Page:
Hepatoprotective activity of iridoids, seco-iridoids and analog glycosides from Gentianaceae on HepG2 cells via CYP3A4 induction and mitochondrial pathway
Gentianaceae herb extracts have been widely used as food additives, teas or medicinal remedies for various diseases and disorders of the human body. Herein, the potential effects of iridoids, seco-iridoids and analog glycosides from gentian on acontine-induced hepatotoxicity were investigated in HepG2 cells to obtain metabolic data of drug-biotarget interactions. Molecular docking analysis was performed to assess the binding efficiencies of 53 iridoids, seco-iridoids and analog compounds obtained from 50 gentian species to the active sites of human CYP3A4 enzyme. The docking scores of 29 iridoids, seco-iridoids and 24 analog glycosides were calculated from the free energy of ligand–protein complexes using a computer-assisted docking simulation. After comprehensive evaluation, 6 of these compounds, i.e., gentiopicroside, sweroside, swertiamarin, loganic acid, 6-O-β-D-glucosyl-gentiopicroside and amarogentin were selected to evaluate their hepatoprotective effects. Quantitative real-time PCR was used to measure the expression levels of CYP3A4 mRNA in HepG2 cells. Amarogentin displayed the most clear inductive effect on CYP3A4 mRNA levels in the HepG2 cells. Moreover, amarogentin was further studied for acontine-induced toxicity in the HepG2 cells to determine the potential mechanisms. Amarogentin displayed obvious inductive effect on CYP3A4 mRNA levels in the HepG2 cells. These results elucidated that the hepatoprotective effects were caused by the facilitation of drug metabolism, amelioration of mitochondrial dysfunction and reduction of oxidative stress. Our data demonstrated that the naturally found iridoids, seco-iridoids and analog glycosides in gentian may be responsible for the hepatoprotective effects of gentian-extracted compounds and thus, this study may be useful in the food industry or in clinical practice.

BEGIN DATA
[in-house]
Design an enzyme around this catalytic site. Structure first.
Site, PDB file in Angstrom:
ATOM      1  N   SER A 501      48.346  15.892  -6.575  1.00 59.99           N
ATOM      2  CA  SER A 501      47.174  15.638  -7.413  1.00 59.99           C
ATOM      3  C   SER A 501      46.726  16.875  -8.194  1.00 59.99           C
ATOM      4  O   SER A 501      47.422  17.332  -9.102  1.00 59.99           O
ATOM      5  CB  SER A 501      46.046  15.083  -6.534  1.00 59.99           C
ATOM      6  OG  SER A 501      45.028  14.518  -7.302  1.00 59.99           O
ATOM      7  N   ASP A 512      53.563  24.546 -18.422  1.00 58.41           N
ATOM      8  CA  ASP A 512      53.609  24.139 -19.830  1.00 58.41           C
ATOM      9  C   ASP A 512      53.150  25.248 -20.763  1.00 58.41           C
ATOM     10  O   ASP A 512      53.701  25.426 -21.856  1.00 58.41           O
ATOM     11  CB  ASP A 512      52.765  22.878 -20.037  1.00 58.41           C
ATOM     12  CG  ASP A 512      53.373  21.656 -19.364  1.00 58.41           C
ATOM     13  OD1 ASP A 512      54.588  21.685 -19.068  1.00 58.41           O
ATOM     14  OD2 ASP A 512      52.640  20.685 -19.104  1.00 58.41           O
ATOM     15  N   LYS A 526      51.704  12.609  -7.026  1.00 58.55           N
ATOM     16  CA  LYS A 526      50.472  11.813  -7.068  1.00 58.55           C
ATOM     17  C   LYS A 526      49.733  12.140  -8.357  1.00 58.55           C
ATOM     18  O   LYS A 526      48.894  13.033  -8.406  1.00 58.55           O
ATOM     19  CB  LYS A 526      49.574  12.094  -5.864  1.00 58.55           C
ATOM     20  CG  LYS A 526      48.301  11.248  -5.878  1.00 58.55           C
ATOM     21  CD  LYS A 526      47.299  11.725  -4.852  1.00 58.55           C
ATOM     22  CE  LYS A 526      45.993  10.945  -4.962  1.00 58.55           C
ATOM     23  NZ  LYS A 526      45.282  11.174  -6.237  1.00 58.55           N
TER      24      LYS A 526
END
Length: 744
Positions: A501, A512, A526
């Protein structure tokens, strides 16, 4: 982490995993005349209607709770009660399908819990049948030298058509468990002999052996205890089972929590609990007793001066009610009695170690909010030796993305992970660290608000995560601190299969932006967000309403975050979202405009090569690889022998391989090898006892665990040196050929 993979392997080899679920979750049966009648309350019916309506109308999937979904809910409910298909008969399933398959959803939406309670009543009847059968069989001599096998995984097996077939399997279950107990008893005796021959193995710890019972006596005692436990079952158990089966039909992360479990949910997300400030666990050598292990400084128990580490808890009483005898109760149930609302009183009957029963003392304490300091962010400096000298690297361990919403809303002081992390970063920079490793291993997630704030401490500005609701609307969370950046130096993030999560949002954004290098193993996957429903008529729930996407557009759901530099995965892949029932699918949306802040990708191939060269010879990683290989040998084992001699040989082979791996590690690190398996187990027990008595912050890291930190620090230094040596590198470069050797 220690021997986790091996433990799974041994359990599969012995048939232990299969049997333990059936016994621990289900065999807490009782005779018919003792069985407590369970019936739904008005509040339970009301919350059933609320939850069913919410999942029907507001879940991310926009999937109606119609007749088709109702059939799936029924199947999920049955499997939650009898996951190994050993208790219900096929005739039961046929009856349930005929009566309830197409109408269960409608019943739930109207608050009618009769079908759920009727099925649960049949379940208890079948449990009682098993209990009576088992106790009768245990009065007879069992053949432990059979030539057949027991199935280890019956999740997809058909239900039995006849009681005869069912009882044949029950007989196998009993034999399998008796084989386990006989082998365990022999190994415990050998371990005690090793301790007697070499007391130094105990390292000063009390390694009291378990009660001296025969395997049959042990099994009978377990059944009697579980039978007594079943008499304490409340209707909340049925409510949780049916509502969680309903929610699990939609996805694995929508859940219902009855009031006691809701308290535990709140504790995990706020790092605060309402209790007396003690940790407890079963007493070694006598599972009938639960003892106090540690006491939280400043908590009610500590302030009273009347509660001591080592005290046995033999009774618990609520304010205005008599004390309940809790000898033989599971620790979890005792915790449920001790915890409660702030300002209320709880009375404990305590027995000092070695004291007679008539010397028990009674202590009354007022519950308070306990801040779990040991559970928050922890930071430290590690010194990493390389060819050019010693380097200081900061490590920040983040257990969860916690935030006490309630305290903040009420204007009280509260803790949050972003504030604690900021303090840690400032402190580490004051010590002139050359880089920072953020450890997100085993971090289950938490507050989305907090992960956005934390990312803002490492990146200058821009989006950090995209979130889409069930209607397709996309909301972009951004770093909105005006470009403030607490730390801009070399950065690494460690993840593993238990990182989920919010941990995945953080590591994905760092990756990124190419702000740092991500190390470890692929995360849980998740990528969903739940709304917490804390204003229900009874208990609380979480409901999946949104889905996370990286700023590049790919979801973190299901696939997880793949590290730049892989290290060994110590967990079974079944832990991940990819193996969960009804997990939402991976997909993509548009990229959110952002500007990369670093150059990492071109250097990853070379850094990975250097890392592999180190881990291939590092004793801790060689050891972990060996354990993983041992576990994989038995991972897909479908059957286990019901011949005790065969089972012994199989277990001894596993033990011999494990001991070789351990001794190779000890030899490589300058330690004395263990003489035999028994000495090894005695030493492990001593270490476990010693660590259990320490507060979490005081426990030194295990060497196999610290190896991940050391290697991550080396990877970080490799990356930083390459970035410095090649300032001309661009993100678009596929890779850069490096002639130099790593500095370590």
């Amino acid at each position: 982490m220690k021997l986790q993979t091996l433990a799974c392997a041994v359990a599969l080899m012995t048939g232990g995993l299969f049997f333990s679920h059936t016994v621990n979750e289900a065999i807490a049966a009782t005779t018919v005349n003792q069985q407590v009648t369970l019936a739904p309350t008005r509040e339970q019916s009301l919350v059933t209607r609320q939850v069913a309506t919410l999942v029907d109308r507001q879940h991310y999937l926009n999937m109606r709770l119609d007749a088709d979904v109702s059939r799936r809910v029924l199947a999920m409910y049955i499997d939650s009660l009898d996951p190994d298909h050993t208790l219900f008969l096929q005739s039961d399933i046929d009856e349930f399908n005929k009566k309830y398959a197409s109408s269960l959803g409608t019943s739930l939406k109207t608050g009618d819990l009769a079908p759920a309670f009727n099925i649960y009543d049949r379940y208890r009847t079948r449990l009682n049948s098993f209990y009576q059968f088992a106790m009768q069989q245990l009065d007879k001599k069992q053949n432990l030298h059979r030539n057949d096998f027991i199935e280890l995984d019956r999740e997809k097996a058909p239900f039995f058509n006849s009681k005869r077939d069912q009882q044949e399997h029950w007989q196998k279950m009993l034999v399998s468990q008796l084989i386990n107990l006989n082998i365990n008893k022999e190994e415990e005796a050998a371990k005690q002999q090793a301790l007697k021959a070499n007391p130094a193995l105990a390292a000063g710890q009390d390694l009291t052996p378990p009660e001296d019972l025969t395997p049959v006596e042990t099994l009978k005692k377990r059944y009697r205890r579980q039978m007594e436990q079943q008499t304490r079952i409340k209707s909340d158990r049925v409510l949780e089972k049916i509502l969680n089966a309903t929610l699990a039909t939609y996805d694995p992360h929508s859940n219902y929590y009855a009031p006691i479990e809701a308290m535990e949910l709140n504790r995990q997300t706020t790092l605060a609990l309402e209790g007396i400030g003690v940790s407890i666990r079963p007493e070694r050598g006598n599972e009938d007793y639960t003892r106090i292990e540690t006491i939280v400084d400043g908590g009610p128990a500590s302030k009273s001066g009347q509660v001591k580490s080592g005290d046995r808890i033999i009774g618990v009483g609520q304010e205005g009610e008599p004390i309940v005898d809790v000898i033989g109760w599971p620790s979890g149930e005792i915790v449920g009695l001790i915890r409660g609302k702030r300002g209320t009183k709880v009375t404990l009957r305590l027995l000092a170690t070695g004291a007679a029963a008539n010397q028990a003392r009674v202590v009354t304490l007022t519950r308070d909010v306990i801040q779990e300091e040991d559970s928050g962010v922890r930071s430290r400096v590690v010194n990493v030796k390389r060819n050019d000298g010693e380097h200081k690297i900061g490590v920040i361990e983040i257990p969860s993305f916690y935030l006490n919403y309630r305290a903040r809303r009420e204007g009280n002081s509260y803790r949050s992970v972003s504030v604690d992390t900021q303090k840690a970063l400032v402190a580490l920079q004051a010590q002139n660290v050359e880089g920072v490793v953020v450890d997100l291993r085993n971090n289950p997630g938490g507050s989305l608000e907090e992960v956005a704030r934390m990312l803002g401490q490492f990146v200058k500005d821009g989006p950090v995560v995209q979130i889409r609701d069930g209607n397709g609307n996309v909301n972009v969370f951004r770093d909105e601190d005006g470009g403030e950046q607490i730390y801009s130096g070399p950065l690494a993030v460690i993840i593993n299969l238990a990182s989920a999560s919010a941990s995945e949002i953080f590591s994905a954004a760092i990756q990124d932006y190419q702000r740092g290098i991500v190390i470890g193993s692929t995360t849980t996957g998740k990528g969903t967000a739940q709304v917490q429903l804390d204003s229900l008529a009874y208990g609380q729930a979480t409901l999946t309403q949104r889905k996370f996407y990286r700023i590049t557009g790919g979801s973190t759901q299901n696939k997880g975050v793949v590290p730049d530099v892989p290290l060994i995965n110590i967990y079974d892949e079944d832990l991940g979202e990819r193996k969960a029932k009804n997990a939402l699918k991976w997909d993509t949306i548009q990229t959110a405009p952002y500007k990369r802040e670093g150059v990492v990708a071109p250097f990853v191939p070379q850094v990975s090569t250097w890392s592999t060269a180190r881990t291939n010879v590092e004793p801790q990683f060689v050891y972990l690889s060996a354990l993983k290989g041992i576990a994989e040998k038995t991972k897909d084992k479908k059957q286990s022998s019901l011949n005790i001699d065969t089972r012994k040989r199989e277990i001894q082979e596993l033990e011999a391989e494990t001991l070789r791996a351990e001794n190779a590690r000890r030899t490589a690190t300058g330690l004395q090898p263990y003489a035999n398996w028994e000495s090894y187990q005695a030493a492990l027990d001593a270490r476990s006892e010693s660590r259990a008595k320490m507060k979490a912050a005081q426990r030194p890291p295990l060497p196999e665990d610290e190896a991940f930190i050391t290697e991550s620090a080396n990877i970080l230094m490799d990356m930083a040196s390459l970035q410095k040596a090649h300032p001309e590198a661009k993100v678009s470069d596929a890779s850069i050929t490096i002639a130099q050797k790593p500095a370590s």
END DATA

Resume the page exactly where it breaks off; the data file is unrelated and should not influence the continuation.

- This article is part of the themed collection: Food & Function Recent HOT articles